$100 million agreement close in meningitis outbreak case
Mass. pharmacy owners would help pay victims
The owners and insurers of the bankrupt Framingham pharmacy blamed for an outbreak of fungal meningitis that killed dozens of people last year have tentatively agreed to contribute more than $100 million to compensate victims and creditors of the firm.
The proposed settlement, which needs to be finalized and approved by the US Bankruptcy Court, provides hope that people across the country who received tainted steroid injections made by New England Compounding Center could begin receiving initial payments for their pain and medical expenses as early as next year.
“We are working very hard to expedite this process and get money to victims as quickly as possible,” said Paul D. Moore, the bankruptcy trustee who took the lead in negotiating the deal. “This is a first step, although a significant one.”
The US Centers for Disease Control and Prevention estimate that at least 751 people contracted meningitis or other infections from the pain shots, including 64 who died in 20 states, making it one of the largest cases of tainted drugs in US history. Overall, as many as 14,000 patients received the tainted injections, and, beyond those diagnosed with meningitis, some reported suffering fatigue or other symptoms.
It is still not clear how much victims and their families would each receive from the deal, since people have until Jan. 15 to file claims with the US Bankruptcy Court. But it will probably amount to at least tens of thousands of dollars, or more, on average.
Roughly one-quarter of the settlement is expected to come from insurance companies, with the rest coming in cash and assets from five members of the Massachusetts families that founded and operated New England Compounding and its sister companies: Barry and Lisa Cadden and Douglas, Carla, and Greg Conigliaro, according to three lawyers who asked not to be named because the details of the settlement have not yet been announced.
The $100 million also includes tax refunds the owners are expected to receive because of business losses resulting from the closing of the companies, as well as the estimated proceeds from selling Ameridose, a Westborough drug maker with ties to the Framingham drug company.
Ameridose, which suspended its operations last year, is already in the process of being sold.
The pharmacy’s spokesman and lawyers representing the owners of New England Compounding and insurers could not be reached late Monday for comment on the deal.
One of the lead lawyers representing victims said the $100 million figure is a compromise but will avoid lengthy and costly litigation.
“This proposal makes it possible for victims to potentially receive funds in 2014,” said Thomas Sobol, managing partner of Hagens Berman’s Boston office. “It’s a realistic amount that could be achieved now.”
The settlement comes as the deadline fast approaches for victims to file claims.
Even if the court approves the settlement, as is expected, a judge must still decide how to divide the money among victims and creditors, as well as how much will go toward fees for the bankruptcy trustee and other professionals involved in the case.
That means checks to victims won’t go out right away.
And there could be multiple rounds of payments. In addition to the initial $100 million, plaintiffs lawyers hope to win tens of millions more by pursuing additional claims against anyone else who could potentially be liable — from hospitals that administered the injections to the companies that designed and maintained the company’s clean room, the dust-free space at the pharmacy where lab workers made sterile drugs.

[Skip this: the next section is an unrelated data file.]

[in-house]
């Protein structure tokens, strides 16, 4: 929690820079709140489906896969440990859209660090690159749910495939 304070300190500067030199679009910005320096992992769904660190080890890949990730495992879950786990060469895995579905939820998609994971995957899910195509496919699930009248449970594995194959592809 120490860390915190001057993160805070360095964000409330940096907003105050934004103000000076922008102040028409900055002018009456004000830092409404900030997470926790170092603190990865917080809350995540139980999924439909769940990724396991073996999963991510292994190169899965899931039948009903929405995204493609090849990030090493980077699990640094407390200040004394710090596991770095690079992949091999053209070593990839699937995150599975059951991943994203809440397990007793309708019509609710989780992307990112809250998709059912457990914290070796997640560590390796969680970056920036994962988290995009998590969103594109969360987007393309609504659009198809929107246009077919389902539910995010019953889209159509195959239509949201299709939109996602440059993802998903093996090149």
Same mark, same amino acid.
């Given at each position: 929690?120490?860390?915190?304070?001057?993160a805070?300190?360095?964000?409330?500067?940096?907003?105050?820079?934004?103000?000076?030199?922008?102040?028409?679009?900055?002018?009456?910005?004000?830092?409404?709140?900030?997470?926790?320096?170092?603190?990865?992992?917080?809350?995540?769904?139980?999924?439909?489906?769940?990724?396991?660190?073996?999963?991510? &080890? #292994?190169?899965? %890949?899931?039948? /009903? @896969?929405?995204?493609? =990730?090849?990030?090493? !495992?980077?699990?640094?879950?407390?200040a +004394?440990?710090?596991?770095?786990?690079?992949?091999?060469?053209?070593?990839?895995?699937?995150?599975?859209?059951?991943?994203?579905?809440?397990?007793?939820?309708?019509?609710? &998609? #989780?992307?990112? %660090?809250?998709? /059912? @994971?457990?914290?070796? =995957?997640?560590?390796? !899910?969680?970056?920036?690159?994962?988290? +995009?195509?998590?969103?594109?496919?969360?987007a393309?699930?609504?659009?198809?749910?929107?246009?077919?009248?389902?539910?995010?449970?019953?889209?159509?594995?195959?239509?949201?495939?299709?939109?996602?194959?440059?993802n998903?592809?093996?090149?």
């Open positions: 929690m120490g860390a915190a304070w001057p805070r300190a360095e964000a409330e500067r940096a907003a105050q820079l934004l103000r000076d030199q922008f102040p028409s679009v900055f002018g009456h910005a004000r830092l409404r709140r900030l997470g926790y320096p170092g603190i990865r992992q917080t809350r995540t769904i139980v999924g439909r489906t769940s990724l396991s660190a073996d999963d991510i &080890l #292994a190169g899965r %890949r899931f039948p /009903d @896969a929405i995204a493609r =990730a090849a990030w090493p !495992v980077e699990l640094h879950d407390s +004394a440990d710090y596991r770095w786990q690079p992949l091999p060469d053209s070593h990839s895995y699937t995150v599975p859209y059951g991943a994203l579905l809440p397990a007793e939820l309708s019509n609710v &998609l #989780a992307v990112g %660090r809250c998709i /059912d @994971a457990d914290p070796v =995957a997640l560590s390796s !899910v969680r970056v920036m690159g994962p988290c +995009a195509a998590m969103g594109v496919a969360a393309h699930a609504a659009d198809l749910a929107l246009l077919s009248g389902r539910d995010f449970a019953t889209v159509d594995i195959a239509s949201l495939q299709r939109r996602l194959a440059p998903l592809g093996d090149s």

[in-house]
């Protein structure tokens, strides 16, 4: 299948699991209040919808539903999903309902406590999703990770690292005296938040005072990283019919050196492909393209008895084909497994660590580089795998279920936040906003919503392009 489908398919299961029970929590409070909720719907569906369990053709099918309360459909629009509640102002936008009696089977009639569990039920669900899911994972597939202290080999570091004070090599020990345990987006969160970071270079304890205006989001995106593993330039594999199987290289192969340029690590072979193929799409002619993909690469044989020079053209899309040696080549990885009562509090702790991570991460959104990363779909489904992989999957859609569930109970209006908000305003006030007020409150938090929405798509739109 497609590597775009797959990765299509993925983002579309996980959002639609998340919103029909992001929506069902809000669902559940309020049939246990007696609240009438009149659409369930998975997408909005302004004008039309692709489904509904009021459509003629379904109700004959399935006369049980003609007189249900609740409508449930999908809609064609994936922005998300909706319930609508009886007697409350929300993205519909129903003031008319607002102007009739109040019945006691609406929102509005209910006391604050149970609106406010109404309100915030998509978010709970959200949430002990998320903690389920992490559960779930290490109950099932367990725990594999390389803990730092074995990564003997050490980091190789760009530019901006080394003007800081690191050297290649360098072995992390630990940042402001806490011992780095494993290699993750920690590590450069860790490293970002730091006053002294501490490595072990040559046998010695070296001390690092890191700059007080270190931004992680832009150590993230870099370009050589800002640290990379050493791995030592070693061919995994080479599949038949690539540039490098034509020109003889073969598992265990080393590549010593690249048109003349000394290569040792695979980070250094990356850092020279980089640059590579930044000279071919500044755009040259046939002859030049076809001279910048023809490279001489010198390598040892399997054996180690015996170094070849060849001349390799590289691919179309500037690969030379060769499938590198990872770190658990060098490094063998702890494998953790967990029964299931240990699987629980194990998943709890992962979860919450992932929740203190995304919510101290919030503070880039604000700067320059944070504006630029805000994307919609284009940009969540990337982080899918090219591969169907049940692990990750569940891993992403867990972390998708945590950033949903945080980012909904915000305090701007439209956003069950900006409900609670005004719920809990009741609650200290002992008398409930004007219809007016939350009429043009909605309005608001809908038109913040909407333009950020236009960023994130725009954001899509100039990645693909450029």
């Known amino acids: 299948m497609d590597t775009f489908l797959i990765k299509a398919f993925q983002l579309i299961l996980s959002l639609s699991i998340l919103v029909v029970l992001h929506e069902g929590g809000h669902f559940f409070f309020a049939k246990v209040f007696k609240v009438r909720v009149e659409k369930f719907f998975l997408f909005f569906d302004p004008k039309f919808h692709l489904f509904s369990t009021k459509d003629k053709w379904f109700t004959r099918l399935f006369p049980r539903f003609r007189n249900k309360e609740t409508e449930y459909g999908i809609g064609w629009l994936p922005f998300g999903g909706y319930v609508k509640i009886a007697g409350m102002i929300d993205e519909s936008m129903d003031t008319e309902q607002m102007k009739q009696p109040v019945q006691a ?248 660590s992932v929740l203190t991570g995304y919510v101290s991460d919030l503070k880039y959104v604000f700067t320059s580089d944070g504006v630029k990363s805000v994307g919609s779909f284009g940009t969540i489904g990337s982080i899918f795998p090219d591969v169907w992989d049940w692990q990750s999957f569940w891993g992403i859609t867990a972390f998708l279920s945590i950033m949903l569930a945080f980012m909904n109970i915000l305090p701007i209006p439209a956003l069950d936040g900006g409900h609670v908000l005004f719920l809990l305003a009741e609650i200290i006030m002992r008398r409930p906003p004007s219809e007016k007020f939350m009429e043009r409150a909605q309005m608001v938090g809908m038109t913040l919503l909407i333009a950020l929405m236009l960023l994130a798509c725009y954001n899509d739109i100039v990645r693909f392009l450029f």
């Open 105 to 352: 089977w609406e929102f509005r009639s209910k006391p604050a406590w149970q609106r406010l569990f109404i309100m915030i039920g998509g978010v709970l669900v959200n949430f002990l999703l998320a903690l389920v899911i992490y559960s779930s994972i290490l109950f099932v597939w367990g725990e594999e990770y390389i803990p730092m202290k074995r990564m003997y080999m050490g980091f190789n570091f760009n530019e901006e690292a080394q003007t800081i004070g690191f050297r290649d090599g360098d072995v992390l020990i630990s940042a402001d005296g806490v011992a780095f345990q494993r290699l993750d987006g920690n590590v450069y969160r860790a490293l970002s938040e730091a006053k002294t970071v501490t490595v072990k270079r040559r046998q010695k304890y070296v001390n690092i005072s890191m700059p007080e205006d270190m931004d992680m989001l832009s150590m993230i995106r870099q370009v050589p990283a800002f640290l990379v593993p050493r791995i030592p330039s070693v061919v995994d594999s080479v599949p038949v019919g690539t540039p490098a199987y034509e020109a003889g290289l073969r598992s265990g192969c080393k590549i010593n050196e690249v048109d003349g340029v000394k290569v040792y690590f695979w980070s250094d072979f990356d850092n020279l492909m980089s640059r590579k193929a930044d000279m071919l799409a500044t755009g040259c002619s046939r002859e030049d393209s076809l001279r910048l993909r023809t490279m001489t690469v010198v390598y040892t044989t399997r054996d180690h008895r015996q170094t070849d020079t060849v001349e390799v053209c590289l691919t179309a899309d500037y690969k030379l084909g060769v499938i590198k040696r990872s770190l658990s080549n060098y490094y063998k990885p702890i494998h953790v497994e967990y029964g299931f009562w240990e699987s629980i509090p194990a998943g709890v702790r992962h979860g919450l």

Federal inspectors found dirty mats, black specks floating in vials, and other signs the room was contaminated.
A few of those parties have already agreed to mediation, but the process could take years to be resolved in court, lawyers cautioned. And victims’ lawyers said they doubt they can ever recover enough money to fully compensate victims, given the extent of deaths and injuries, and the fact that New England Compounding had scant assets.
“By no means is anyone going to say this is enough,” said William R. Baldiga, a partner at the Boston law firm Brown Rudnick who is representing the committee of unsecured creditors owed money by the company. “It’s a matter of personal tragedy.”
The situation is not unprecedented. Within a year after a 2011 listeria outbreak that killed 33 people was traced to tainted cantaloupes from Jensen Farms, lawyers collected only $4 million from the bankrupt company’s estate and insurers. But lawyers are still pursuing claims against other companies that could be liable, such as grocery stores that sold the fruit, in hopes of securing additional compensation.
New England Compounding’s owners and employees still face potential criminal charges in the case.
Carmen Ortiz, the US attorney for Massachusetts, said last month that a yearlong federal investigation in the case was “moving forward” but could not say when indictments might be issued.
Michigan, where many of the victims lived, has said it might pursue criminal charges if it finds state laws were broken.
The episode inspired federal legislation, which President Obama signed into law last month, aimed at increasing federal oversight of compounding pharmacies to avoid similar cases.
Critics say compounding pharmacies, which custom-make medications for individuals who need speciality drugs not available elsewhere, have not traditionally received enough scrutiny because they are mainly overseen by states, rather than the US Food and Drug Administration, even when companies ship large volumes of drugs across state lines like bigger manufacturers. But some watchdogs and industry observers disagree about whether the law will have much impact.